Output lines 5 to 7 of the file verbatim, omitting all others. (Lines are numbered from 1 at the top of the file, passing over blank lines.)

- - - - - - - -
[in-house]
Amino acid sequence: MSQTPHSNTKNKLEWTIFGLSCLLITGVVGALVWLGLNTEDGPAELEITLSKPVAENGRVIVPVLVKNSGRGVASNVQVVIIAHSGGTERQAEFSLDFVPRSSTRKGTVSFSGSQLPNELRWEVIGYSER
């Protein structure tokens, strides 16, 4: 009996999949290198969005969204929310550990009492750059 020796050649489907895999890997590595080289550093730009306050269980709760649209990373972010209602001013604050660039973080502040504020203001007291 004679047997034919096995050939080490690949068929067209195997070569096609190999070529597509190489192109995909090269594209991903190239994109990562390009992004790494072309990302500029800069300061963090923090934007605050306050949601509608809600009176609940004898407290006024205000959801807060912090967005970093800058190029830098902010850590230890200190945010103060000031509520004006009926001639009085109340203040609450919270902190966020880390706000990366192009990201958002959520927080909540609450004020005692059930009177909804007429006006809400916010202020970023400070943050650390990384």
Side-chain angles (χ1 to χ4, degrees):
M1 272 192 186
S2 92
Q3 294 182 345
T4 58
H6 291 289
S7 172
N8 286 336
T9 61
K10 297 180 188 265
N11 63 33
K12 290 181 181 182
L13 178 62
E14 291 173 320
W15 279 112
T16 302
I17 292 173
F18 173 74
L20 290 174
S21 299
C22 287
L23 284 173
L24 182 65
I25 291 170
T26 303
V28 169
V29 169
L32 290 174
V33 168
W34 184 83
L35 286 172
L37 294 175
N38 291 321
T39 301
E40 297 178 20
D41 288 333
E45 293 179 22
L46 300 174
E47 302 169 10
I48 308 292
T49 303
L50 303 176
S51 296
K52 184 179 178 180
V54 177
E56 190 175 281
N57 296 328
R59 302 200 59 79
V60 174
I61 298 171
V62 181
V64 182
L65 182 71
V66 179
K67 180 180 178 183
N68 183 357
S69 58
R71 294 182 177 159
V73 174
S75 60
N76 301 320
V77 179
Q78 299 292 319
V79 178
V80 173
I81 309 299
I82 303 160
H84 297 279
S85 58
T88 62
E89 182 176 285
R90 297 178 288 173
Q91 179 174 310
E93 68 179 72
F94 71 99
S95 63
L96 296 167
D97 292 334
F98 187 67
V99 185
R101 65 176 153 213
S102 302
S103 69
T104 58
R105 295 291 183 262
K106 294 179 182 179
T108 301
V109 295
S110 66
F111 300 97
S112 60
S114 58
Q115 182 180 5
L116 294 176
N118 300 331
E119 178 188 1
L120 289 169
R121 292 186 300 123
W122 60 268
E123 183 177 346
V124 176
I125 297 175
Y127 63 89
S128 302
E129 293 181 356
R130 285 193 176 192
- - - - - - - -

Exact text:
M1 272 192 186
S2 92
Q3 294 182 345